If you like this, try: “Whenever, If Ever” by the aforementioned The World Is… (just released last month, scroll down only a little ways for a review)

Veenstra – “Six Months of Death”

Photo Credit: Bandcamp.com

Photo Credit: Bandcamp.com

Grade: B+

Key Tracks: “A Bear/A Fire/A Cave,” “Stone Burial”

Francois Veenstra, a solo musician from Brazil, is in the midst of an existentially lo-fi trilogy. His second album, “Six Months of Death,” was recorded like his debut, in an ultimate lo-fi setting: a bedroom, alone, with a handheld recorder. The album’s title sets the existential tone and states that the album is going to be no less introspective than his previous effort, “Journey to the Sea”. The first album in the series saw a protagonist following a river to the sea. “Six Months of Death” follows this protagonist as he finds the sea and begins to wander aimlessly, realizing the pointlessness of his previous adventure.

Musically, the protagonist’s existential pains are felt through winding, quiet music, all recorded by Veenstra. The songs are more like movements, building up or winding down at unexpected points. The transitions between songs feel more like thought breaks than song breaks – which is good, as it implies that the album works well as a whole. His vocals are tough to decipher, but they only show up sometimes, as the whole entity of the album seems to encompass this character and his travels. The album is experimental lo-fi alternative stuff, often quiet but getting the point across. Veenstra is a pretty decent musician, commandeering drums and bass just when the muted guitar begins to get a little slow. It is certainly quiet and toned-down, so lo-fi fans take notice. I’m curious what will happen to the protagonist next.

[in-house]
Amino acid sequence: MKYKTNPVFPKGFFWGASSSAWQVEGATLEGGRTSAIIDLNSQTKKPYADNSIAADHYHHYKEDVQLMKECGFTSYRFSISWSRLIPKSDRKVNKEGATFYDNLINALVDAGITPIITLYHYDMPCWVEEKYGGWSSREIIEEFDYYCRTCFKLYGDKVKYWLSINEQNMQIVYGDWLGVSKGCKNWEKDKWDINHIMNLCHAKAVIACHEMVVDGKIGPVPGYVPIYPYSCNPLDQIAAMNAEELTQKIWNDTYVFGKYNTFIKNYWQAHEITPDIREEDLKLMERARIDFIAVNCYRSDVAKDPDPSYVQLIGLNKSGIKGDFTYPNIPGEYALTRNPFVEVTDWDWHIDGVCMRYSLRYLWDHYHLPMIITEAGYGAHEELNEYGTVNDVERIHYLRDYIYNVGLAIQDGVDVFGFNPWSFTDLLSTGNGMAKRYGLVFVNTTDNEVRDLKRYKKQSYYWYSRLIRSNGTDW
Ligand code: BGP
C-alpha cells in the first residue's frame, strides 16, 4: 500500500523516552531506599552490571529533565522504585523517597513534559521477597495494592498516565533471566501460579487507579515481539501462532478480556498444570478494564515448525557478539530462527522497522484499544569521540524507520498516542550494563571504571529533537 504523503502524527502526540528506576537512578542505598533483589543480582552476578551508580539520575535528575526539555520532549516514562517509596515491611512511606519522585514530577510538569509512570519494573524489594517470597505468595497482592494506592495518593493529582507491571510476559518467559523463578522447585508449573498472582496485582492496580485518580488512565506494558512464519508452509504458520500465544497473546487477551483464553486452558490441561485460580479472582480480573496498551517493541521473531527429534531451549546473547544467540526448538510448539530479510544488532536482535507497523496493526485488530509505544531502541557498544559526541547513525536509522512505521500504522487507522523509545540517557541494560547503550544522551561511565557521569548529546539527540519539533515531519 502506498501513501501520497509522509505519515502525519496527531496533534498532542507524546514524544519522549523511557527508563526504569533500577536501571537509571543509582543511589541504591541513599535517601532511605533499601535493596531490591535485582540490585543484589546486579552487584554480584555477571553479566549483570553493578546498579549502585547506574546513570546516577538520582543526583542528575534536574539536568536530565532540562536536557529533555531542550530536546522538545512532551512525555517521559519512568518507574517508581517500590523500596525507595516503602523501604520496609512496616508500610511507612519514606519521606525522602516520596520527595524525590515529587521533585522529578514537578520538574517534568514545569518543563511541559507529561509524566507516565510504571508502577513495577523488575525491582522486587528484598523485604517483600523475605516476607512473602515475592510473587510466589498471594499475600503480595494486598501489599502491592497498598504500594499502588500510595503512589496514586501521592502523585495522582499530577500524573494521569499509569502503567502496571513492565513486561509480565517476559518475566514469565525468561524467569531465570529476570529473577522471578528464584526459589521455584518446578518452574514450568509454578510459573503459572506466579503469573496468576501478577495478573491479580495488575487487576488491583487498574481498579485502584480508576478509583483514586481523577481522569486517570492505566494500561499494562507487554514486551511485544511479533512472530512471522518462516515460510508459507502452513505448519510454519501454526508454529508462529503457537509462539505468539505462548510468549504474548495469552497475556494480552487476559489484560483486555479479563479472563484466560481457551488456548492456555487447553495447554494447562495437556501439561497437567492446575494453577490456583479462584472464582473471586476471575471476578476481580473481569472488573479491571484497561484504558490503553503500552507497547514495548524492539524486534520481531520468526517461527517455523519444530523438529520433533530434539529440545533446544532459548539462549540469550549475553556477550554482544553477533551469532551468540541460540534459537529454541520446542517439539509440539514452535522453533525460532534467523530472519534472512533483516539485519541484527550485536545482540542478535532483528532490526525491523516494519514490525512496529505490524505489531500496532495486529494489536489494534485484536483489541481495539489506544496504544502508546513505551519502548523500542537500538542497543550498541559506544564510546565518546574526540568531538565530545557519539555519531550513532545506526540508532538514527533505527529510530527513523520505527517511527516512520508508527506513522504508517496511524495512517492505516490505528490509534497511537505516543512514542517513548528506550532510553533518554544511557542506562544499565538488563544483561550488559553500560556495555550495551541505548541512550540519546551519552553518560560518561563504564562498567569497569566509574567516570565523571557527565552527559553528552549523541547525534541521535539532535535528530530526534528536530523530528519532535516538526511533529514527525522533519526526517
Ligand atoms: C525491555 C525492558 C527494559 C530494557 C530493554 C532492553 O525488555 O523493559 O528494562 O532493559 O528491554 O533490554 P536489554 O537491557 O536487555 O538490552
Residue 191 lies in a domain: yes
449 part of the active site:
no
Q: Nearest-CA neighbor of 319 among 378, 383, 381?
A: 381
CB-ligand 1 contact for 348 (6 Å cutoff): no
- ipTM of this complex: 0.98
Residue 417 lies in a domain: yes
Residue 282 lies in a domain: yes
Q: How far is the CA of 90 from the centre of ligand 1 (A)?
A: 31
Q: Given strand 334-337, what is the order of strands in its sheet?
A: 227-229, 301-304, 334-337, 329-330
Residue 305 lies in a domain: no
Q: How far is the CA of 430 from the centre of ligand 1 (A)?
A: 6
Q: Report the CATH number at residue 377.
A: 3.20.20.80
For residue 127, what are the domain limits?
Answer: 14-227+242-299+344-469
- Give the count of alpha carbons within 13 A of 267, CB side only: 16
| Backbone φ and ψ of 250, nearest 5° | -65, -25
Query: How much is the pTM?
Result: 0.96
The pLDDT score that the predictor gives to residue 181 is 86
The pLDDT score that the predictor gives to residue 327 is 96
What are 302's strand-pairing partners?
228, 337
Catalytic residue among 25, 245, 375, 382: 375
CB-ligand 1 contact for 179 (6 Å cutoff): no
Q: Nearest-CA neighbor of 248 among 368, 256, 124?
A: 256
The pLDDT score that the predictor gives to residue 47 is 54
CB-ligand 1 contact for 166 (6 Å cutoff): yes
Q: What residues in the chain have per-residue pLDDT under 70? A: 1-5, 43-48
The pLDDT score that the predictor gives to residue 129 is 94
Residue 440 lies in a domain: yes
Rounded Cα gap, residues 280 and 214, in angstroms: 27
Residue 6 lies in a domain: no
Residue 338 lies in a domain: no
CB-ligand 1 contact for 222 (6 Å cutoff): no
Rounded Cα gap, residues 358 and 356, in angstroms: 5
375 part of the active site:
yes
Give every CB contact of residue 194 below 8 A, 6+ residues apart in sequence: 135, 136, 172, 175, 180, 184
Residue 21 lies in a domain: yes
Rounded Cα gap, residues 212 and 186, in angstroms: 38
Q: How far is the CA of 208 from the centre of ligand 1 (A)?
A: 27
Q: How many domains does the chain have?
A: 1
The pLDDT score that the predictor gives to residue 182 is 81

Veenstra’s albums can be found on Bandcamp, and he runs the blog Beings Being.

If you like this, try: “Whenever, If Ever” by The World Is a Beautiful Place & I Am No Longer Afraid to Die, the previous review before this one.

-By Andrew McNally

The World is a Beautiful Place & I Am No Longer Afraid to Die – “Whenever, If Ever”

Photo  Credit: Top Shelf Records

Photo Credit: Top Shelf Records

Grade: B+

Key Tracks: “Picture of a Tree That Doesn’t Look Okay,” “You Will Never Go To Space,” “Ultimate Steve”

The band trying to claim their prize for current longest name have released their full-length debut on the glorious Top Shelf Records. The band – often abbreviated, or called “The World Is” for short – is a six-piece from Connecticut. They differ from Top Shelf’s normal bands, who fall under the umbrella term of ‘modern emo’ (here’s looking at you, Snowing). They are definitely a modern emo band, but one that is even more original than their label-mates. Their first EP’s, “Formlessness” and “Josh Is Dead,” were four and three tracks, respectively. But in those three tracks the band established themselves as one that was not afraid to play around with lo-fi influences that can also include group choruses and screaming intensity.

Those previous EP’s showed that The World Is was not afraid of recording a quiet and toned-down piece that builds to a big and loud payoff later on the album. While bands will often do this in a song (think: nearly every Sonic Youth song), The World Is does it as arcs. Two songs might be separate ideas that contribute to a booming climax a song later. It’s all very unique and often very wrenching. Their first full-length, though, suffers from too much build-up and not enough pay-off.

That is not to say the album is not good. It’s great, it’s absolutely great. Even in it’s outwardly subdued moments, the band can easily create an uneasy feeling, a sense that something is not right. They competently do this in every one of the album’s ten songs. This is what emo sounds like now, inspired equally by shoegaze, experimentation, other current emo bands, and probably suburban CT life. The World Is is one of my favorite bands out there now, they’re pioneering a wholly new sound. “Whenever, If Ever” just needs one or two more pay-offs of screaming vocals to separate the quiet moments. Still, this album is unique. It has its faults, but it is extraordinarily original. And at the end of the day, a band making some faulty quests into new territory is largely better than one sticking around in familiar territory.

If you like this, try: Their old EP’s, mentioned above. All are available on Spotify and Bandcamp. Alternately, “Fun” by Algernon Cadwallader or “I Could Do Whatever I Wanted If I Wanted” by Snowing. Check out every band on Top Shelf Records, if you’re truly interested.

-By Andrew McNally